Sunday, December 14, 2008

Physician business models, physician shortage - Primary Care: In Search of a Sustainable Business Model

President-elect Barack Obama placed a heavy bet last week that the recession-wracked economy he is about to inherit has finally reached a tipping point on health care… Mr. Obama has begun a careful campaign to frame the issue more as a pocketbook concern more than a moral one.

Kevin Sack, “Necessary Medicine? Health Care and The Economy Share a Sickbed. Maybe They Can Recover Together, “ New York Times, December 14, 2008

Root Cause

Universal coverage without access to primary care doctors is meaningless, and there is a grave and growing shortage of these practitioners, estimated to reach 35,000 to 40,000 by 2020.

The root cause of primary care shortages in America is lack of a visible and sustainable business model to attract and keep primary care doctors in practice.
There is no mystery to these shortages. Why should medical students or experienced physicians enter or stay in primary care, a field promising lower pay, longer hours, more work, more stressful life styles, less ability to pay off educational debts, a wider variety of knowledge to master, and less latitude to do the right things for patients – spending time with them, responding to their urgent needs, and communicating the basics of prevention and good health – than specialty care.

Broad Primary Care Base

Yet it is becoming clearly and increasingly evident that a broad primary care base is the common denominator for an efficient, cost-effective, a health-producing, disease-avoiding health system in the U.S. and around the world.

This reality poses a harsh dilemma not only for recruiting and retaining primary practitioners but for developing cost-sustainable national health systems and expanding coverage for aging populations in an era of recession, contraction, unemployment, and economic deprivation.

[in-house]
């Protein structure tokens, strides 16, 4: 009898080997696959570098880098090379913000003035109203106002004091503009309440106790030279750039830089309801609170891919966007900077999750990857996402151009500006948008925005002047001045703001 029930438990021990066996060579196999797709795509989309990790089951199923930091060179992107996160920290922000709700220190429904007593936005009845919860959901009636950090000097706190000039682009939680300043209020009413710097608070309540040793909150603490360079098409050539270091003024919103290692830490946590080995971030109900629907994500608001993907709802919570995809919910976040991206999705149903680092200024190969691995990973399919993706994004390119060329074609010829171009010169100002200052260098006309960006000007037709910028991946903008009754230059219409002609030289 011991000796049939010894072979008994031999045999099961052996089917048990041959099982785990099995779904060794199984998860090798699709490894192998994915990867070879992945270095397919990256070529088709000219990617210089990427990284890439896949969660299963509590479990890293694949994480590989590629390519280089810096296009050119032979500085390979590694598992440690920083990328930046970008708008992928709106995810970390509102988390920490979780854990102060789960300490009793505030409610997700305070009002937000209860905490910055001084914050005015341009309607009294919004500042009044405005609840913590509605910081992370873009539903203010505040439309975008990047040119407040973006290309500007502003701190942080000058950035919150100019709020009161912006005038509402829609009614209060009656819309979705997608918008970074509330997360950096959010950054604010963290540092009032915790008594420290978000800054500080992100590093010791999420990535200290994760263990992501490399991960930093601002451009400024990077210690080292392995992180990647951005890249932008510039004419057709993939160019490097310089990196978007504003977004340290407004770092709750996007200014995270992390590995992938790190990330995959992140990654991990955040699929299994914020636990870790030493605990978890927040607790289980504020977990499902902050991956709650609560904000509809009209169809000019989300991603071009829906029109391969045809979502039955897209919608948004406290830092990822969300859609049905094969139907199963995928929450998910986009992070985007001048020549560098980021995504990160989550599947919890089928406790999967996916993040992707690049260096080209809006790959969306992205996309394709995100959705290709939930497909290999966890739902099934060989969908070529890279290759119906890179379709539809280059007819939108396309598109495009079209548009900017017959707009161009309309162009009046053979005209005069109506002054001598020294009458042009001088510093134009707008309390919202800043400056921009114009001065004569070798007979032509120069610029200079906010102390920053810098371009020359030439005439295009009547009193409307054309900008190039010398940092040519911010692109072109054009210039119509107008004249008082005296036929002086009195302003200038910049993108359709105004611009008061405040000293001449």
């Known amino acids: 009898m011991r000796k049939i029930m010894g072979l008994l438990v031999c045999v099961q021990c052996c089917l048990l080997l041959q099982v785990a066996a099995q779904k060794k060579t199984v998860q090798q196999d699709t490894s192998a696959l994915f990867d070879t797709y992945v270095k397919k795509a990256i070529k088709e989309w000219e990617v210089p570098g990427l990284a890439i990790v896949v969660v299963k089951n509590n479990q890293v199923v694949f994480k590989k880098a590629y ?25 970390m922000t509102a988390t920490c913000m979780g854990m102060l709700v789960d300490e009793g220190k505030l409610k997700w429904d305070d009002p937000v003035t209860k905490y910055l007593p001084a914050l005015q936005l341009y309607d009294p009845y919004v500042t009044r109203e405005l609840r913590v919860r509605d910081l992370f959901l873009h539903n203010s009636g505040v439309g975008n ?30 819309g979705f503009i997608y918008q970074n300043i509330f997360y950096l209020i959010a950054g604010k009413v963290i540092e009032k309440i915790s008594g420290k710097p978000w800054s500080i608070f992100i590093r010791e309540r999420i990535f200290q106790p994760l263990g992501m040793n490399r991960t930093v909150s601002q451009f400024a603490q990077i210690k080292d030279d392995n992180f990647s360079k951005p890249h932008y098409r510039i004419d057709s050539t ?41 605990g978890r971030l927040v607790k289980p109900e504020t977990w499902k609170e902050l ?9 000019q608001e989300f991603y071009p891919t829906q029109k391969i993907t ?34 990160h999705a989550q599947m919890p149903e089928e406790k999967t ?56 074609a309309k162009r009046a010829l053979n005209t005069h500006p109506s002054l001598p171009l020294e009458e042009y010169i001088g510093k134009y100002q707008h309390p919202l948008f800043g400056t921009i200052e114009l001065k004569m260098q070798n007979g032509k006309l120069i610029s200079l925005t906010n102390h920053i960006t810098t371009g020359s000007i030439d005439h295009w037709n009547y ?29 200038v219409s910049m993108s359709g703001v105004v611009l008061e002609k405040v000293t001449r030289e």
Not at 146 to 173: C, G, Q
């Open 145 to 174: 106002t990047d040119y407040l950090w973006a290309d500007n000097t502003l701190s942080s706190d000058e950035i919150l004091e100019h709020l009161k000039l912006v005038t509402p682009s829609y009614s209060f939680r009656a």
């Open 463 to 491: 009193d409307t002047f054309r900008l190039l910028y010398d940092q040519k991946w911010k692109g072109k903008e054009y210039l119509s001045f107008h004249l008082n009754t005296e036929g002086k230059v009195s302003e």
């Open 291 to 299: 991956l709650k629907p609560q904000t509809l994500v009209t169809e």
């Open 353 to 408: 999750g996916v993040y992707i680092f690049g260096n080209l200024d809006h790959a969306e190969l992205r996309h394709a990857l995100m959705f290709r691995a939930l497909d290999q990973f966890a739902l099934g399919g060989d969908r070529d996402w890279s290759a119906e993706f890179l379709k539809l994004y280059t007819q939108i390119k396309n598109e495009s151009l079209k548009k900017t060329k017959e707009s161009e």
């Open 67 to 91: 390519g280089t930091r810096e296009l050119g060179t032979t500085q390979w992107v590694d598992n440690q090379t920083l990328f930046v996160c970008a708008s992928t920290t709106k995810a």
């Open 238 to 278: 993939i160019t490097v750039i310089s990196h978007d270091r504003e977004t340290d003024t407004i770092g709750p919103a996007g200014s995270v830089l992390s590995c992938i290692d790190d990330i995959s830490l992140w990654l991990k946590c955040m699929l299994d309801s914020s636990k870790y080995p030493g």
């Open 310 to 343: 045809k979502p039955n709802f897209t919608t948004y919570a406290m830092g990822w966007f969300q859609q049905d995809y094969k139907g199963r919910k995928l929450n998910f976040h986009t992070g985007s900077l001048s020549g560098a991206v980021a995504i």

Ultimate Answers

What are the ultimate answers to the primary care shortfall? If I knew that, I would be a candidate for a combined Nobel Prize in Medicine and Economics. Here are a few evolving development that may offer incremental solutions.

• Government and organized medicine payment reform (read the latter as a new coding system by the reimbursement updating committee of the AMA) that spills over into Medicare, Medicaid, and health plan payments.

• Government subsidies and incentives that ease educational debt for primary care candidates, reward care for primary care in underserved areas, and offer more extensive support of primary care residency slots.

• Federal, state, and health plan support of medical homes with adequate payments for creating these homes and lowering of bureaucratic barriers for physicians wishing to create medical homes.

• Realistic rising of fees for care of Medicare and Medicaid populations to more closely approximate private fees and to end cost shifting now required maintaining viable practices and hospitals.

• More innovative and sustainable primary care business models , such as,

1. IPAs featuring cost sharing and gain sharing between hospitals and doctor groups that offer bundled fees for episode care and economic rewards for promoting health and patient-centered and patient-responsive care.

2. Broad geographic and regional grouping of primary care physicians with revenues from diagnostic, laboratory, x-ray, pharmaceutical, and other facilities that flow to the group and give the group marketing and legislative clout;

3. Virtual groups with enough revenues to support informational and treatment infrastructures and data to form a rational basis for control and selection of specialist referrals; a openness to innovative new practice designs – concierge care, direct-cash care, non prepaid care, office and home based care, multi-specialty ambulatory care with affiliated care modalities, retail and office based outlets with sufficient EHR support to validate value.

4. Multispecialty groups with salaried primary doctors and specialists, sometimes with owned hospitals, health plans, and often affiliated with doctors outside the system and with ownership of diagnostic, treatment, surgical, ambulatory, and pharmaceutical facilities. This is often called the Mayo model, and is being pursued by physician groups like the Carillion Clinic in Roanoke, Virginia.

End Game

Whatever happens, and it most surely will, is that sustainable primary care business models must offer lower costs, more patient access, tangibly superior results, and greater patient and physician satisfaction, all rooted in economic and clinical performance.

If you give the matter any thought at all, you will realize promised Obama reforms are based on greater affordability and savings from preventive care, chronic disease management, fewer hospitalizations and ER visits, and more linkage of electronic medical records – all of which fall into the province of primary care. You might say, if you were unimaginative political sloganeer, it’s all about health care economies and their place in the larger U.S. economy, stupid!


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